WORKPLACE LAW – DFEH, CFRA & NPL Poster

Question: I read that there is another new notice that I will need to post in my workplace about CFRA, NPLA, and PDL. Why is there another new workplace notice, and what do CFRA, NPLA, and PDL mean?


Answer: The Fair Employment and Housing Council (FEHC) will soon release an updated Family Care and Medical Leave and Pregnancy Disability Leave notice. The updated notice includes information about the New Parent Leave Act (NPLA) and describes the rights of employees covered by its provisions. Beginning April 1, 2019, employers with 20 or more employees must post in their workplace this new notice that explains employee rights to take job protected leave under three California leave laws- the California Family Rights Act (CFRA), the Pregnancy Disability Leave (PDL) law, and the New Parent Leave Act (NPLA).


Under the CFRA, employers with 50 or more employees at a single worksite, or multiple worksites within 75 miles of each other, are required to provide an eligible employee with up to 12 weeks of unpaid leave for the birth, adoption, or foster care placement of the employee’s child or for the employee’s serious health condition or that of the employee’s child, parent or spouse. Employees are eligible for CFRA leave if they have worked at least 1,250 hours for the employer during the 12-month period prior to the leave.


The NPLA, which became effective January 1, 2018, requires employers with 20 to 49 employees working at a single worksite, or multiple worksites within 75 miles of each other, to provide eligible employees with up to 12 weeks of unpaid parental leave to bond with a new child within one year of the child’s birth, adoption, or foster care placement. NPLA provides leave only for baby bonding. Like CFRA, to be eligible for NPLA, employees must have worked at least 1,250 hours for the employer during the 12-month period prior to the leave.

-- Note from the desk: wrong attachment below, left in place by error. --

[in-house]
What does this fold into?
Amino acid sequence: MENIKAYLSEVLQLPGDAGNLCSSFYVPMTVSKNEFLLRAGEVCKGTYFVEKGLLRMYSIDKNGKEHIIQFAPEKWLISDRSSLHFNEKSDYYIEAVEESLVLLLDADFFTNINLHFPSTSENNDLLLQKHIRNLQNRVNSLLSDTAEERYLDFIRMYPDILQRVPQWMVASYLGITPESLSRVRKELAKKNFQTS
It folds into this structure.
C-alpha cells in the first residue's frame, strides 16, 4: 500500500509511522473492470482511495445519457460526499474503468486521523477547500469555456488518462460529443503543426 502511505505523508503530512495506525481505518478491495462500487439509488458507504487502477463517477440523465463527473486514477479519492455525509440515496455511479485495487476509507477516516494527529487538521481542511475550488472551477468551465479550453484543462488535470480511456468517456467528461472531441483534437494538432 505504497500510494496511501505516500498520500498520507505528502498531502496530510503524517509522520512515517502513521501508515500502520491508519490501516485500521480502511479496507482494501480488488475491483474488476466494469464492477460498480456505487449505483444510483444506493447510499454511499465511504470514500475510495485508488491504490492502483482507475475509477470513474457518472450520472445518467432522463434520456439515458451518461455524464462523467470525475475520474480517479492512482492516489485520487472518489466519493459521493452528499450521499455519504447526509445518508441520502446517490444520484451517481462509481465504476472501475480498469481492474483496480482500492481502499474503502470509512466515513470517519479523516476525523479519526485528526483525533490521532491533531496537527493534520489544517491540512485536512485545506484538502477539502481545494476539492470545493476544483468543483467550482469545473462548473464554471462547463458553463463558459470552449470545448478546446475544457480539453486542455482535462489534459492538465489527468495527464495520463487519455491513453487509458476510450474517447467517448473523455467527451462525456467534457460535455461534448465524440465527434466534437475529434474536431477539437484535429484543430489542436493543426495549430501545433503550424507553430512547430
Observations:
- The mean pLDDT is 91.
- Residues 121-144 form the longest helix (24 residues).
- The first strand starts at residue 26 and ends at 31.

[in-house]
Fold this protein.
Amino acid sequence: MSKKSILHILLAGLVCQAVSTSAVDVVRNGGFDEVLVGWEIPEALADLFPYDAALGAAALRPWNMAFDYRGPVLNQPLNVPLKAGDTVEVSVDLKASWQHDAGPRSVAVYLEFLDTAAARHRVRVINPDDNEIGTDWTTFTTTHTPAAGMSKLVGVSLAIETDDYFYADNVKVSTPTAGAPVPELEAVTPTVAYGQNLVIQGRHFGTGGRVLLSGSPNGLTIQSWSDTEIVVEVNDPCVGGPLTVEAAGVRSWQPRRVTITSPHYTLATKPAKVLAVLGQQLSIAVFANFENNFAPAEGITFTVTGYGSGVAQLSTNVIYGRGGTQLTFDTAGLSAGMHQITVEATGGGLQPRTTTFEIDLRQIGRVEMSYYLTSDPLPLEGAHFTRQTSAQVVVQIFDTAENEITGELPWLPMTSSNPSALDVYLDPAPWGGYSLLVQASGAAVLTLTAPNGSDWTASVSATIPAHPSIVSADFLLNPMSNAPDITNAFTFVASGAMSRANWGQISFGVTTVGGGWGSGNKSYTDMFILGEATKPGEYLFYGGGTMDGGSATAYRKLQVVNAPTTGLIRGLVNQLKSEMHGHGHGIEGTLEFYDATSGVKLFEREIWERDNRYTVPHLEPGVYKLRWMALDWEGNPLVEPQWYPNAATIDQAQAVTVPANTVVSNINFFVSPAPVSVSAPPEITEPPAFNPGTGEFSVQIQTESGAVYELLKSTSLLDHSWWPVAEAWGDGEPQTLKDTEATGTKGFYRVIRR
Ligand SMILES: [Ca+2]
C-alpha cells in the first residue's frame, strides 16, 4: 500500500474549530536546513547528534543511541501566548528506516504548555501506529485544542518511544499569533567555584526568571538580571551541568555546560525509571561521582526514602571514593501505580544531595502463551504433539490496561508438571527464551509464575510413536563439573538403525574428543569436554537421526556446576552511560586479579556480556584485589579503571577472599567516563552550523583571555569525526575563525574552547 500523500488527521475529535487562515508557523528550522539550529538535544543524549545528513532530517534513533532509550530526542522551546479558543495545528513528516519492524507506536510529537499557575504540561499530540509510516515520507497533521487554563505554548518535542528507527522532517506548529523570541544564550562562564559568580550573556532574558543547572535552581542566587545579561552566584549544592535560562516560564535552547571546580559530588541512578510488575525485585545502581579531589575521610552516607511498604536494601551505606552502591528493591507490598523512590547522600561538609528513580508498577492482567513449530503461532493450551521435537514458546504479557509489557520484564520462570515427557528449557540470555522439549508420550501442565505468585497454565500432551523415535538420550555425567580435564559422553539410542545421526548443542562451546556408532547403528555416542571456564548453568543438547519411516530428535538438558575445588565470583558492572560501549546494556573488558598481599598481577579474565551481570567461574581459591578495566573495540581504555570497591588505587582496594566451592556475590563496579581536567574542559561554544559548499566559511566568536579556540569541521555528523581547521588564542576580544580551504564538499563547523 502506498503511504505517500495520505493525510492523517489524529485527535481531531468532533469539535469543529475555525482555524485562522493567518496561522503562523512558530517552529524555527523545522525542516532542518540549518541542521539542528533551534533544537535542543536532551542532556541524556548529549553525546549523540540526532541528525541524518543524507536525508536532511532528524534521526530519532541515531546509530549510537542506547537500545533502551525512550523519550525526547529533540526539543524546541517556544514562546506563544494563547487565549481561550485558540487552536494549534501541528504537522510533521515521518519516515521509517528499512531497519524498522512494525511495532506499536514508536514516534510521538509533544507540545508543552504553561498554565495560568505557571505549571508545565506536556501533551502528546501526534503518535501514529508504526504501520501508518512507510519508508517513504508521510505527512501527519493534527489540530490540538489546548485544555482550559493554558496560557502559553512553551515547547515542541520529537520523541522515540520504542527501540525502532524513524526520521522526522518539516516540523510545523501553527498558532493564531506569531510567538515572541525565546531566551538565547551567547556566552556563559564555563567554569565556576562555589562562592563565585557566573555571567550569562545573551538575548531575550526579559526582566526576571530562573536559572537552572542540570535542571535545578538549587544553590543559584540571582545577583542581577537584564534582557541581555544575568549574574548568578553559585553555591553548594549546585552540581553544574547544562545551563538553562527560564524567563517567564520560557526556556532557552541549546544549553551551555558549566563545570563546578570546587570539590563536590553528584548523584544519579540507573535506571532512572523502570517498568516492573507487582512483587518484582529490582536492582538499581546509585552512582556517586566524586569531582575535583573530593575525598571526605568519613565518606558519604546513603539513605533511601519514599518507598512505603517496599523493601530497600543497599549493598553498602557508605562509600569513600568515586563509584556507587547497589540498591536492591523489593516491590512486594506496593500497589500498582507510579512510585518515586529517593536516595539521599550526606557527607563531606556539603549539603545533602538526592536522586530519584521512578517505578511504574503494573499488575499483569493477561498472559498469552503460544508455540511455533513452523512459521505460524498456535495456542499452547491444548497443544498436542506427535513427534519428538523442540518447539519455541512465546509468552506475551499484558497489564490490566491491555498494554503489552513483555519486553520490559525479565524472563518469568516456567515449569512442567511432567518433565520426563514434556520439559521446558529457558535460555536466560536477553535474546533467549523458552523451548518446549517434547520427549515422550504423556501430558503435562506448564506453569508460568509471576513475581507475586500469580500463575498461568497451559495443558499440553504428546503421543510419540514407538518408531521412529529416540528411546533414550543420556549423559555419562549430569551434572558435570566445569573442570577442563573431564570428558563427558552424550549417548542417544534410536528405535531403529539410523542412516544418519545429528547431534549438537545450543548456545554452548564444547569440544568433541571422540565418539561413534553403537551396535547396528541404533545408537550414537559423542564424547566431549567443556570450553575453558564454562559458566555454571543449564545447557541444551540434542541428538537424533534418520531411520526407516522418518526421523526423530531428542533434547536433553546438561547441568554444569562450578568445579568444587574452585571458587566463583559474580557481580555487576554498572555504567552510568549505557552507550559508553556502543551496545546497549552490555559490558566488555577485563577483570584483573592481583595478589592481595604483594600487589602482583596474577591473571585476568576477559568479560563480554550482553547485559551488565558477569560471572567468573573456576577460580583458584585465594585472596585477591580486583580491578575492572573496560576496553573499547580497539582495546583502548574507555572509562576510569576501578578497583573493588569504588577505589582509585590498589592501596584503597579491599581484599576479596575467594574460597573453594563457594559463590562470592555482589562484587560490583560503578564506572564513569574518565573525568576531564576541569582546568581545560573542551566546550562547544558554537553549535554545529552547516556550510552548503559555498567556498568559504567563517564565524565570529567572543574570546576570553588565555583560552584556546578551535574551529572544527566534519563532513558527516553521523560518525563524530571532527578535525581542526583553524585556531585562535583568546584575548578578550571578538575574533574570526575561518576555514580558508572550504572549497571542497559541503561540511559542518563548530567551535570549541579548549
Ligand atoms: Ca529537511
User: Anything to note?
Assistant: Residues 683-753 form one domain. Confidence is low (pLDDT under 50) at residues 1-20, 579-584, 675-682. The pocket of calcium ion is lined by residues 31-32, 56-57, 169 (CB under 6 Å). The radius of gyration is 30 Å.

Under California’s PDL, employers with five or more employees must provide an eligible employee with unpaid leave of up to the number of days the employee would normally work in four calendar months (one-third of a year equaling 17 1/3 weeks). Unlike the CFRA and NPLA, the PDL does not require that an employee have worked a certain amount of time for the employer. Instead, employees are eligible for PDL when they are disabled by pregnancy, childbirth or a related medical condition.


Leave entitlements under the NPLA and CFRA are not duplicative. If an employee is eligible for leave under the CFRA (or the federal Family and Medical Leave Act), then the employee may not also take leave under the NPLA. However, PDL and NPLA/CFRA leaves do not run concurrently. An employee cannot begin using NPLA/CFRA leave until the employee is no longer disabled by pregnancy or has used all PDL. As a result, an eligible employee who is disabled by pregnancy may take up to 4 months of PDL in addition to NPLA/CFRA leave, for a potential total of 7 months leave.


There may be more leave changes ahead. Last month, the California State Assembly introduced AB 1224 that, if passed, would expand CFRA and NPLA coverage by eliminating the requirement that employees work at least 1,250 hours in the 12-month period preceding the leave. The bill would also subject employers with only 20 employees (reduced from the current threshold of 50 employees) to the CFRA leave entitlements.